John Will, Lana and the Js, 1986, Collection of Glenbow Museum

The Broken World of John Will, featuring mostly lithographs, was selected from Glenbow's extensive collection of Will's art to highlight the way he cuts up snippets of a fractured world from the front line of experience and knits them together.
Between 1962 and 1980, he produced over 100 prints, each a labour-intensive work packing a barrage of ideas and demonstrating his technical prowess as a printmaker.
He shifted his focus to video, photography, performance and painting when he decided that his first comprehensive exhibition of prints would be the time to quit making prints. More recently, Will has tried to quit his entire art making practice through Artists Anonymous, a collaborative enterprise with fellow artist, Jeff Funnell.
Luckily for us, the rehab program to treat art addiction has had limited success.

Educated in painting and printmaking in Iowa, he was a Fulbright scholar at the Rijaskademie in Amsterdam and a Ford Foundation Printer Fellow at the Tamarind Institute. Now a Professor Emeritus, he taught at the University of Calgary for 27 years and continues to influence students, artists and the Calgary art community.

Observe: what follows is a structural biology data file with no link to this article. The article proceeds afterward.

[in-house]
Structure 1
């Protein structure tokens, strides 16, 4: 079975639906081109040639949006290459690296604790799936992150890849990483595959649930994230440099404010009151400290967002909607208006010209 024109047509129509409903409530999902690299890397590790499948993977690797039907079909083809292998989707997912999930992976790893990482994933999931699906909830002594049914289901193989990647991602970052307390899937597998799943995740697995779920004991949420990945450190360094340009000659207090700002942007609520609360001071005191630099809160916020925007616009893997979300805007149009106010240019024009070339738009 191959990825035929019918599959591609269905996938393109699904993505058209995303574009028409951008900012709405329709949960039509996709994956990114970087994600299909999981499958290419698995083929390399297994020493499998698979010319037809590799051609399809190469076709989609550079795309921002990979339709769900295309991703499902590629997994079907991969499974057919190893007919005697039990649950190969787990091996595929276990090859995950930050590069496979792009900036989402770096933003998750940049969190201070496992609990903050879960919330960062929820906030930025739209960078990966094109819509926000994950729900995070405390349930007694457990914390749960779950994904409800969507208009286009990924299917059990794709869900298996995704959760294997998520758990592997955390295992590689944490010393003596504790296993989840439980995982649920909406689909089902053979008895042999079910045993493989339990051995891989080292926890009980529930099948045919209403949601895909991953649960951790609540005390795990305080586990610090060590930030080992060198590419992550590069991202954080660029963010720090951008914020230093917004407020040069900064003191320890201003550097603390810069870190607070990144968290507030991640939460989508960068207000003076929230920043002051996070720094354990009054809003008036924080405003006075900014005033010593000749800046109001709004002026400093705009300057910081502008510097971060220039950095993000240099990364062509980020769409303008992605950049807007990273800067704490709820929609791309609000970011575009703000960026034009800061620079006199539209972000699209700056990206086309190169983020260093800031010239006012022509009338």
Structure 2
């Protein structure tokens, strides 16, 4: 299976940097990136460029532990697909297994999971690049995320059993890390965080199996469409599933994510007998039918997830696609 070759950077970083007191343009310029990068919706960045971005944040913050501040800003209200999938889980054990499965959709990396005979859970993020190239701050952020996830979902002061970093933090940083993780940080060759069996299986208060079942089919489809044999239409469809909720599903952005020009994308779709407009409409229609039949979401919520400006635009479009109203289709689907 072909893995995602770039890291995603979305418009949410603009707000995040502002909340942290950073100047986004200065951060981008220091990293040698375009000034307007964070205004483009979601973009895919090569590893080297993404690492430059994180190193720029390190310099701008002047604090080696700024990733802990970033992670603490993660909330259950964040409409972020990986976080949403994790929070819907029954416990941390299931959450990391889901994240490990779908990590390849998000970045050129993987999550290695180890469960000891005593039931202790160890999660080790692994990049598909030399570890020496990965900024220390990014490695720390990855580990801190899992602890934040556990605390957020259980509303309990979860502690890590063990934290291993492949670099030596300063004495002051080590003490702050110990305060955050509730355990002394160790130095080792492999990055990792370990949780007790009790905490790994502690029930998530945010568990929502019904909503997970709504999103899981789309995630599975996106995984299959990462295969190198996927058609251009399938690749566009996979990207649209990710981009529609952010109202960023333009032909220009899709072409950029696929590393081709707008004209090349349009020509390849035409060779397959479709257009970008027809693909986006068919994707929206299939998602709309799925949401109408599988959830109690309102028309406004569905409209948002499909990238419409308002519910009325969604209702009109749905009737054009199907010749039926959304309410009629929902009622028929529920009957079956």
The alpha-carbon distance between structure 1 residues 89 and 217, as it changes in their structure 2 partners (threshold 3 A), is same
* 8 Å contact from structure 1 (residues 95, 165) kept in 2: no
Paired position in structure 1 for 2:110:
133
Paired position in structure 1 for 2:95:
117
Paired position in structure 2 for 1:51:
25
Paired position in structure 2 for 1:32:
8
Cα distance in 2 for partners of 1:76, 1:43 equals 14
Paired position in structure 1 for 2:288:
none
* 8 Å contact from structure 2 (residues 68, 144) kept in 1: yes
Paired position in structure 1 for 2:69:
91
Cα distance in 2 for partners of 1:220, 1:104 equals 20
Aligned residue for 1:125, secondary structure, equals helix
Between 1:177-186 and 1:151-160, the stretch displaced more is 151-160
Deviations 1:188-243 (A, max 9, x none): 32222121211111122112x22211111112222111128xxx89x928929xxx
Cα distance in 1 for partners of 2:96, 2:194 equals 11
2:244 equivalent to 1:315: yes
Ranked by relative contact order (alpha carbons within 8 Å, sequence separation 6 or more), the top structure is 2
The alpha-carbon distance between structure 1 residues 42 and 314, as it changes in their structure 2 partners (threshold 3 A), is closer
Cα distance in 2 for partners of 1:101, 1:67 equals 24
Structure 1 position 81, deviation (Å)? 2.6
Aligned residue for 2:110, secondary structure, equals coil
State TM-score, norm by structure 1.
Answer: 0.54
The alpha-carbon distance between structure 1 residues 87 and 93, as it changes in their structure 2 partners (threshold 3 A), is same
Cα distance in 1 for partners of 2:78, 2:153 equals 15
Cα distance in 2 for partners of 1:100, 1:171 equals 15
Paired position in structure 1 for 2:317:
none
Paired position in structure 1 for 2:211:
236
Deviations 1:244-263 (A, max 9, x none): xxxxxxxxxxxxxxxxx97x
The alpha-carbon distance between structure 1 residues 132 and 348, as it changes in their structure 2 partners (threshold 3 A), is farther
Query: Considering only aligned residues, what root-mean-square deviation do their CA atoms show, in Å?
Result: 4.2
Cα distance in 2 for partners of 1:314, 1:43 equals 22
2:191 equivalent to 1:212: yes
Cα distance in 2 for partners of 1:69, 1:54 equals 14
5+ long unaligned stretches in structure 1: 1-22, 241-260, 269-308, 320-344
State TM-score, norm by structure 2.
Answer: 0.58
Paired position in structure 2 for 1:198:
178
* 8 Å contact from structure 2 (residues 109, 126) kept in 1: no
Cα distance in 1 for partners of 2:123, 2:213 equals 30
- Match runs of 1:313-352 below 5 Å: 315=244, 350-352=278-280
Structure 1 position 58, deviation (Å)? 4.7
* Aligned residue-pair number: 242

— Katherine Ylitalo, Guest Curator

You can view more of John Will's work on Impress - an online
resource devoted to Glenbow's printmaking collection.
Fifty seven of Will's prints are featured and detailed
information on his career and printmaking practice is found in
the Artist Profiles section.
Click Here website

Artistic Folk
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June 19 – September 26, 2010

Artistic FolkThis exhibition features 35 amazing handmade objects from Glenbow's cultural history
collections that illustrate the refreshing creativity of Western Canada's first European